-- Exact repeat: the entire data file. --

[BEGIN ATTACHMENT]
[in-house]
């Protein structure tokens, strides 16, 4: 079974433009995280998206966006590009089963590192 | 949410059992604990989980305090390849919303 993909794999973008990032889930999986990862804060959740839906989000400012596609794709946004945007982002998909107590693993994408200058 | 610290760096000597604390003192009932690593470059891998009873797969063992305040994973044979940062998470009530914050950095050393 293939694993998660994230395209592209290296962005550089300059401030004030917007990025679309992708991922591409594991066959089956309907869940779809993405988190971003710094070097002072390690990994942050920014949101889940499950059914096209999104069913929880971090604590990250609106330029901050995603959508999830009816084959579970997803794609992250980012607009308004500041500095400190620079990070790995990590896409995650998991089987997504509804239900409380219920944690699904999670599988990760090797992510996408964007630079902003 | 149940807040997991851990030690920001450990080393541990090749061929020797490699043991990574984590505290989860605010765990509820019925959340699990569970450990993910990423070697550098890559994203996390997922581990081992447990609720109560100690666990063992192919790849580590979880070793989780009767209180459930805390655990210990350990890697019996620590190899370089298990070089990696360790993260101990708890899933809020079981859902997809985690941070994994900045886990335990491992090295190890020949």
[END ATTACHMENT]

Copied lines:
[in-house]
């Protein structure tokens, strides 16, 4: 079974433009995280998206966006590009089963590192 | 949410059992604990989980305090390849919303 993909794999973008990032889930999986990862804060959740839906989000400012596609794709946004945007982002998909107590693993994408200058 | 610290760096000597604390003192009932690593470059891998009873797969063992305040994973044979940062998470009530914050950095050393 293939694993998660994230395209592209290296962005550089300059401030004030917007990025679309992708991922591409594991066959089956309907869940779809993405988190971003710094070097002072390690990994942050920014949101889940499950059914096209999104069913929880971090604590990250609106330029901050995603959508999830009816084959579970997803794609992250980012607009308004500041500095400190620079990070790995990590896409995650998991089987997504509804239900409380219920944690699904999670599988990760090797992510996408964007630079902003 | 149940807040997991851990030690920001450990080393541990090749061929020797490699043991990574984590505290989860605010765990509820019925959340699990569970450990993910990423070697550098890559994203996390997922581990081992447990609720109560100690666990063992192919790849580590979880070793989780009767209180459930805390655990210990350990890697019996620590190899370089298990070089990696360790993260101990708890899933809020079981859902997809985690941070994994900045886990335990491992090295190890020949």